I think a bad image for Walmart is good for Walmart. They did not get to be the world’s biggest company by having a good image. The bottom line is everyone knows their prices are low and all other retailers are running around in circles trying to come up with clever ways to compete other than on price, and for many, it’s not working out very well right now. Most people still couldn’t care less about green, other than the green in their pockets they are saving at Walmart. Walmart could probably have a big smokestack coming out of every store and still be successful. People who like Walmart are good customers. People who hate Walmart are even better customers and spend more. A perfect recipe for success.

Lisa Bradner
Guest
Lisa Bradner
13 years 4 months ago
I think Richard hit the critical points here and as several people have pointed out, Walmart has kept its message focused and consistently delivered its brand promise which, because of the economy is awfully attractive right now. To give them credit, Walmart began walking away from their core customer a few years back when they tried to bring in sushi and champagne and go high end. Even before the economy tanked, they had the sense to realize this strategy was alienating their core customer and retreated before it became an unmitigated brand disaster. I give them enormous credit for being able to switch mid-stream. Most large organizations can’t get out of their own way quickly enough to stop the large scale damage from occurring. I will be interested to see how much they continue to push their green initiatives now that it’s not the first thing on consumers’ minds. My hope is that Walmart can lead the charge on being green as good business–smaller packs, more efficient supply chain, fewer trucks idling. As long as… Read more »
Art Williams
Guest
Art Williams
13 years 4 months ago

Walmart has been working hard to improve its image and it appears to be working. I believe the reasons mentioned have all contributed and expect that their image will continue to improve or at worst, stay the same until the economy improves dramatically. The image has improved so much that I’m no longer afraid to say the name Walmart in front of a strong union family member.

Charlie Moro
Guest
Charlie Moro
13 years 4 months ago

Their image is obviously much better than it’s ever been. Give Lee Scott credit and lots of it for not only doing the green initiatives for whatever motive, he was also right at the right time. Even appearances on Meet the Press to continue to lower the veil around the company, explaining their Chicago entry not in terms of lower costs, or giving shoppers options, but in something at the very base–contributing $10 million to the tax fund.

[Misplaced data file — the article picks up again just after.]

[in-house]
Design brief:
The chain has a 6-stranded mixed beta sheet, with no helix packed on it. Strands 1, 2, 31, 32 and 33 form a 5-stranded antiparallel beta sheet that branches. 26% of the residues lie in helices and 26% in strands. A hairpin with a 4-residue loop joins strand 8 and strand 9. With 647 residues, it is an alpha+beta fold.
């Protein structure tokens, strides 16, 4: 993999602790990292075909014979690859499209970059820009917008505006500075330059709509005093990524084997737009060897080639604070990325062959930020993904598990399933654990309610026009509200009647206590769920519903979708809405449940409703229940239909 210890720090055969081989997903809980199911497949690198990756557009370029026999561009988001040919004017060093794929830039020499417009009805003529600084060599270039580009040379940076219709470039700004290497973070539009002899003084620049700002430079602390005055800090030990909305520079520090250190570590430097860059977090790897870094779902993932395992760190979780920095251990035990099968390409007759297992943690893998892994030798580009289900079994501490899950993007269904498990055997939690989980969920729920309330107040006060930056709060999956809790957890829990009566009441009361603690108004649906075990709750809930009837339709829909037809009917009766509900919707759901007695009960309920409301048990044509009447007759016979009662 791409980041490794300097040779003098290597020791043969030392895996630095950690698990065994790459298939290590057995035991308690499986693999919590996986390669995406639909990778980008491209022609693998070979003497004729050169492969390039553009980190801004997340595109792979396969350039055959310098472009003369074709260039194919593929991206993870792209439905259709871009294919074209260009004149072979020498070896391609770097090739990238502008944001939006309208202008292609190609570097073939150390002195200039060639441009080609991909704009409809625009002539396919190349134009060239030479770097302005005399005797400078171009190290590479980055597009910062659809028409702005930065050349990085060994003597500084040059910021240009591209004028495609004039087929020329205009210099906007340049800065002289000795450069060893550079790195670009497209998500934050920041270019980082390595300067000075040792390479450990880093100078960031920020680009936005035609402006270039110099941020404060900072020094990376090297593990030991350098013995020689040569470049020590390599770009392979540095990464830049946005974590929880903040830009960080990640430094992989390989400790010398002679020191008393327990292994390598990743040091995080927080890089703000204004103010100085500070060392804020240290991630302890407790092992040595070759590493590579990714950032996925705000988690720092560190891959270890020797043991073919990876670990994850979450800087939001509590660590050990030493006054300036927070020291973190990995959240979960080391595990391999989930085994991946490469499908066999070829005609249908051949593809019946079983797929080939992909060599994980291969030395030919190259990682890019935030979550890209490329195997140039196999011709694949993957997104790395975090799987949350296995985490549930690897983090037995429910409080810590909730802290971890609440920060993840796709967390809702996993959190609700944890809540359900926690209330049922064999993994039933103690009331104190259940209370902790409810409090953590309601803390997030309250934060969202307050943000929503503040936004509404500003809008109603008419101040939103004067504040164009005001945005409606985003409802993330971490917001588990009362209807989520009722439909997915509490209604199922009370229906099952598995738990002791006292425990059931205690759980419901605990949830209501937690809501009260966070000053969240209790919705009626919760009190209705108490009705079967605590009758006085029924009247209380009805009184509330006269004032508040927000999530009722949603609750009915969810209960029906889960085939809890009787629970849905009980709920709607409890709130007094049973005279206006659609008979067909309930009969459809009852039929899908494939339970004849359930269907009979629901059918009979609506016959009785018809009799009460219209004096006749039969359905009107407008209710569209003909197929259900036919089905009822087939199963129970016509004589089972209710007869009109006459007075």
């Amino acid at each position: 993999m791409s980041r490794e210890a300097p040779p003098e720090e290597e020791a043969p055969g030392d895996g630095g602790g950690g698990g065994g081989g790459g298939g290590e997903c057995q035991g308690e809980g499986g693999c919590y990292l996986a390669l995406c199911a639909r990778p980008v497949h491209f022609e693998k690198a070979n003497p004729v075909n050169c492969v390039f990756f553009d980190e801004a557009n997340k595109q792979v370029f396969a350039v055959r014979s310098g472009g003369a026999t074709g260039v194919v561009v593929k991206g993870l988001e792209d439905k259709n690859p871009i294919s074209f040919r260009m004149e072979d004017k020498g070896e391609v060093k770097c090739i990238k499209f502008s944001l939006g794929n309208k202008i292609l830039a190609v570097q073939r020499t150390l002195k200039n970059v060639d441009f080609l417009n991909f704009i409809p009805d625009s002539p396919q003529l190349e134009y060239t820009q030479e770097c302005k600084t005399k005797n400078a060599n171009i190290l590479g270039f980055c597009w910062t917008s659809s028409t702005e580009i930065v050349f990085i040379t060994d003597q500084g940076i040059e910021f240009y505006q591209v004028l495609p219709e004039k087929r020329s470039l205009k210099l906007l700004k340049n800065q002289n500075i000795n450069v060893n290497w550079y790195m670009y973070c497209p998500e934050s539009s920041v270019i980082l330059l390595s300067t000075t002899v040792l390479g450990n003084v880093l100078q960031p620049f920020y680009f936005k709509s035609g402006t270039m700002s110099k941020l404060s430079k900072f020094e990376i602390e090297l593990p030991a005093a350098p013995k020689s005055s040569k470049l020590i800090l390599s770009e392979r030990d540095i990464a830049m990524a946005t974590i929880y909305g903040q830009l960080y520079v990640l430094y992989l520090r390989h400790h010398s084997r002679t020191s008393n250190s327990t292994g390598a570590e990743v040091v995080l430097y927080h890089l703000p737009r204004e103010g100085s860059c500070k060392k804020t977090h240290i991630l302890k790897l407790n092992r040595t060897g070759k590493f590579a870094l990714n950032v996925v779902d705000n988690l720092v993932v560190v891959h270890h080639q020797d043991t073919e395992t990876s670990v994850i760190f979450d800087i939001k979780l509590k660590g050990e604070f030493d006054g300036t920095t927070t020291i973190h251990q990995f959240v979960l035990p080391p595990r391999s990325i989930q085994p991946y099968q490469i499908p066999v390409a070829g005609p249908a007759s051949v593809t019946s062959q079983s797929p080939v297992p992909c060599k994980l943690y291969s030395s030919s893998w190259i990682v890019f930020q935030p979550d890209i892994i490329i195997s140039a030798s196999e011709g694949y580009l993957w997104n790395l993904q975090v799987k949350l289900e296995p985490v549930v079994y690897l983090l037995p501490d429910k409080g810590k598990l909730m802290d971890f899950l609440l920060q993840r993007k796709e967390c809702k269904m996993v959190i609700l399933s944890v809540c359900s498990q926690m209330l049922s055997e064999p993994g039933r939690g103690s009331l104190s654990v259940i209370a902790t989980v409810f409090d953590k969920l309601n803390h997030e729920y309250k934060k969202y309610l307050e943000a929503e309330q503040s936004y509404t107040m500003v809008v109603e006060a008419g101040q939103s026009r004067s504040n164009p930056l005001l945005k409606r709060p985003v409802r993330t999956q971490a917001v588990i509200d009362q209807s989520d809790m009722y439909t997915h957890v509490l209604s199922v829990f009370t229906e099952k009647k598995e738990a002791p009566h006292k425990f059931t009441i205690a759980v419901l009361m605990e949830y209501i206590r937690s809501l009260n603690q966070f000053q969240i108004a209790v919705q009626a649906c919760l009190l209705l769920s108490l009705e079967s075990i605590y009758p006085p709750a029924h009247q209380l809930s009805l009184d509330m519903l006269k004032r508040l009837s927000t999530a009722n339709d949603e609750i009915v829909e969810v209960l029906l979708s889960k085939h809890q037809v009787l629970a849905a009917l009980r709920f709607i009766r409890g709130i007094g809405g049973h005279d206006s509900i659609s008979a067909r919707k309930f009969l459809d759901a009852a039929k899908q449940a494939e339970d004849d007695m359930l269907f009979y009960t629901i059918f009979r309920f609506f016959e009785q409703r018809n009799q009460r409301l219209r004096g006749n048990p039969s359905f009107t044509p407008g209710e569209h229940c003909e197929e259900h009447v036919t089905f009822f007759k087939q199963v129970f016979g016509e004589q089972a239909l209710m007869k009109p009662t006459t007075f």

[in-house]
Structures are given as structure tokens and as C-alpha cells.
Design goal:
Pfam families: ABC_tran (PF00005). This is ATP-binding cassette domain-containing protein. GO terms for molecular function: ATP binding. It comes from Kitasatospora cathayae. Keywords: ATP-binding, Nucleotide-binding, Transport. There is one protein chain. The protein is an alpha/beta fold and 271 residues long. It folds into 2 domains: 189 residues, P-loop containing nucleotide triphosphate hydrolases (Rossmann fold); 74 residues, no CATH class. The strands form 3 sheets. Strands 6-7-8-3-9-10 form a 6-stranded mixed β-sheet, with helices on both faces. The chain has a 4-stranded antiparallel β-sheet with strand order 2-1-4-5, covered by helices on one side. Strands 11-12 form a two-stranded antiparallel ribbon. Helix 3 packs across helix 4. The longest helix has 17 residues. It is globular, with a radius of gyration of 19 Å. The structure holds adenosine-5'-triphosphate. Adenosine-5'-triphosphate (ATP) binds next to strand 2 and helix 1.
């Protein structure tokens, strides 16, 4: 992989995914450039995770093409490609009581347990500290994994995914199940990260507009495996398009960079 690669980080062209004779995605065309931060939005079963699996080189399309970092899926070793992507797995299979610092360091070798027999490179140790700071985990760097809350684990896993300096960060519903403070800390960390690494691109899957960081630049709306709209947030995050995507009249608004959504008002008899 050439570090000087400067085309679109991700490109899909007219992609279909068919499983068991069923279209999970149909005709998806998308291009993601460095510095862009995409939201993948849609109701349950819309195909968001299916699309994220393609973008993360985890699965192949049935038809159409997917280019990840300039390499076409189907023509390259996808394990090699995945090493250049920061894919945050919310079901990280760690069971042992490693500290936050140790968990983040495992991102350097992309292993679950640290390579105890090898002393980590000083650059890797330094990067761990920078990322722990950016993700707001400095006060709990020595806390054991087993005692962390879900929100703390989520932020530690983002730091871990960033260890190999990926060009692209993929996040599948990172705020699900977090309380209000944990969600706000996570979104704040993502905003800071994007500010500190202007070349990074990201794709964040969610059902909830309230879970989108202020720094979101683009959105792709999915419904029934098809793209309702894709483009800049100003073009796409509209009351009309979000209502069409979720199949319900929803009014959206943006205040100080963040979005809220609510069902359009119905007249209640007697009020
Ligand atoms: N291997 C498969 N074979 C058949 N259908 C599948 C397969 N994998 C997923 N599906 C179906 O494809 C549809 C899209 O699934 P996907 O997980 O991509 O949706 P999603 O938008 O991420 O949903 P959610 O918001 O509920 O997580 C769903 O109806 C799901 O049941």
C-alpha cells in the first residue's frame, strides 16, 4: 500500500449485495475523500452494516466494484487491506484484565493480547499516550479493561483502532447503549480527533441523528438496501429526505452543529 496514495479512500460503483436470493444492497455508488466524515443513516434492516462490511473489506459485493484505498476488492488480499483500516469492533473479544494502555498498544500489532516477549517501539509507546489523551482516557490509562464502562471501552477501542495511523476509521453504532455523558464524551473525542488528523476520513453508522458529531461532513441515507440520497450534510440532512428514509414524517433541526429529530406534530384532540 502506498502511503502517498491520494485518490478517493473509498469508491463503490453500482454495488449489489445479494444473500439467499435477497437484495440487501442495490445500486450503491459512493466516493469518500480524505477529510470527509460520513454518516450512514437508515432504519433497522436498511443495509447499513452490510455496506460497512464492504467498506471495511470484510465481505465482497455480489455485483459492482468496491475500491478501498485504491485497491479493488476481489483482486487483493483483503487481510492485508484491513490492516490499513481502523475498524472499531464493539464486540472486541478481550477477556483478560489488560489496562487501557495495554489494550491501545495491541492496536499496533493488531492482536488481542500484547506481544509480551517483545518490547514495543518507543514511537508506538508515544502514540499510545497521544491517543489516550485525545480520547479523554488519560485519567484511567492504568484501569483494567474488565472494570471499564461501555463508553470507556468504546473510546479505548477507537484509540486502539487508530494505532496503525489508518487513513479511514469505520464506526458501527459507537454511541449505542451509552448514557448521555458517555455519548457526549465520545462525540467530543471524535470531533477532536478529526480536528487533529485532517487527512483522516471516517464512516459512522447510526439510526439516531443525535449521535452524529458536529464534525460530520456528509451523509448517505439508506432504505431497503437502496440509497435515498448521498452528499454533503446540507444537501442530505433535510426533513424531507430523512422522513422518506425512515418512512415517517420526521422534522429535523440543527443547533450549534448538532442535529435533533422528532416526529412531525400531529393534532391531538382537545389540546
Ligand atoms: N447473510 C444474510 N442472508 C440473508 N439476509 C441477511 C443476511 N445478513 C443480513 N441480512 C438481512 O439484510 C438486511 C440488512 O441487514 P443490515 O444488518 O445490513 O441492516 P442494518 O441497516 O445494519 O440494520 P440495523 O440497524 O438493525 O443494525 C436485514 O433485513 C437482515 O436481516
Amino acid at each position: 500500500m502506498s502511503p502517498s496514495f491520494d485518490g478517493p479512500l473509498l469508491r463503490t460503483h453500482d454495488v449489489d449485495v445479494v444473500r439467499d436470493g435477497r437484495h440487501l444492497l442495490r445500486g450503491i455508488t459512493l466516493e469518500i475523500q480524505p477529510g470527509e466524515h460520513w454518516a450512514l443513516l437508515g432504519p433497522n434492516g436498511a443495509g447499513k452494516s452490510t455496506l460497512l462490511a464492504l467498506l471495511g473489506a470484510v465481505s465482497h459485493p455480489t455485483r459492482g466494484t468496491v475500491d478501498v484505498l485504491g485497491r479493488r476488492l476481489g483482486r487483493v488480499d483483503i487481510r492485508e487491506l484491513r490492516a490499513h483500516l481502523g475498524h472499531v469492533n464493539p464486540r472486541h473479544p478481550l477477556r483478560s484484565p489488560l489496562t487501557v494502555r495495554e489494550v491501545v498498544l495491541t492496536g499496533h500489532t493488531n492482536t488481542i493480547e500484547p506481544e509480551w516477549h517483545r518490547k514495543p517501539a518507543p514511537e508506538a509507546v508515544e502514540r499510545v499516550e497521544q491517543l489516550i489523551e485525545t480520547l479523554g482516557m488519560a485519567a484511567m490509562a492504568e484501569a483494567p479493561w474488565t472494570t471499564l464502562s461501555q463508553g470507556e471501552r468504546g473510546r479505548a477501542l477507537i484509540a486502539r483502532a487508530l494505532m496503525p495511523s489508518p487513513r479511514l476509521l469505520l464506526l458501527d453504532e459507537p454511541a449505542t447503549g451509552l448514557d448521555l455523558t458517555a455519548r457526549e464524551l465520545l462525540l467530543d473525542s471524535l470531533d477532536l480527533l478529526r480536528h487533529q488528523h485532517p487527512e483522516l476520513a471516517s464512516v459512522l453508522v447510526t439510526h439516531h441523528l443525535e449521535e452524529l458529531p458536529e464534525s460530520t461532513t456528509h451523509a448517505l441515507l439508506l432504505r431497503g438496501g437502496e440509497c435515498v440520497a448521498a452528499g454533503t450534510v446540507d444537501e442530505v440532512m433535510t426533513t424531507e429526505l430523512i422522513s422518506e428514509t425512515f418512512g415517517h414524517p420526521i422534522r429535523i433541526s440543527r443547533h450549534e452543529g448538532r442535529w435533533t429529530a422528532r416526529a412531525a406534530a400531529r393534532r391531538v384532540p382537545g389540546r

When people like Jim Cramer on his show talks about the merits of Walmart over Target as a shopping experience and not a stock has to be a clear indication that things have changed.

Hopefully, new management will continue to focus on building a better brand going forward.

Dick Seesel
Guest
13 years 4 months ago

I think Walmart’s image has improved for a few reasons this year:

1. They have stayed consistent with a message (“Save money, live better”) that resonates today, not only among penny-pinchers but also among optimists;

2. Their execution is better than a few years ago, in terms of improved in-stocks and a better shopping experience;

3. They have decided to be better corporate citizens, and appear ready to be on the “right side” of the healthcare and “green” discussions.

Whether this last point is simply PR or a true recognition that Walmart has something to contribute to the national well-being–we’ll see what happens in 2009.

Tim Henderson
Guest
Tim Henderson
13 years 4 months ago

Walmart’s image has definitely been burnished for all the reasons cited. But I think it’s the down economy that has had the most impact, especially among those consumers who were–prior to 2008–infrequent shoppers or those who passed by the chain in favor of what they perceived as more upscale, aspirational brands. Walmart saves consumers money, and in 2008, that means plenty.

Regarding the future, one key issue Walmart will face is what happens when the economy improves and consumers once again feel confident about spending? Will these new Walmart shoppers stick with the brand or will they return to their former shopping haunts? Keeping these new shoppers will likely involve more of the other issues cited, e.g., environmental initiatives, PR skills and fresh ideas like the Canopy Living line, the Marketside concept, the Mas Club store, the Sam’s Club membership for college students, the Dell partnership and perhaps grocery shopping online.

Susan Rider
Guest
Susan Rider
13 years 4 months ago

At least they’re not asking for a bailout! I don’t think their image has changed much but the public opinion may have changed.

Walmart is staying the course, buying regional farm-grown merchandise, offering good buys for the consumer, trying to operate a business of this size and scale on values. I don’t think the critics have gone away but they’ve taken their eye off of Walmart for a while.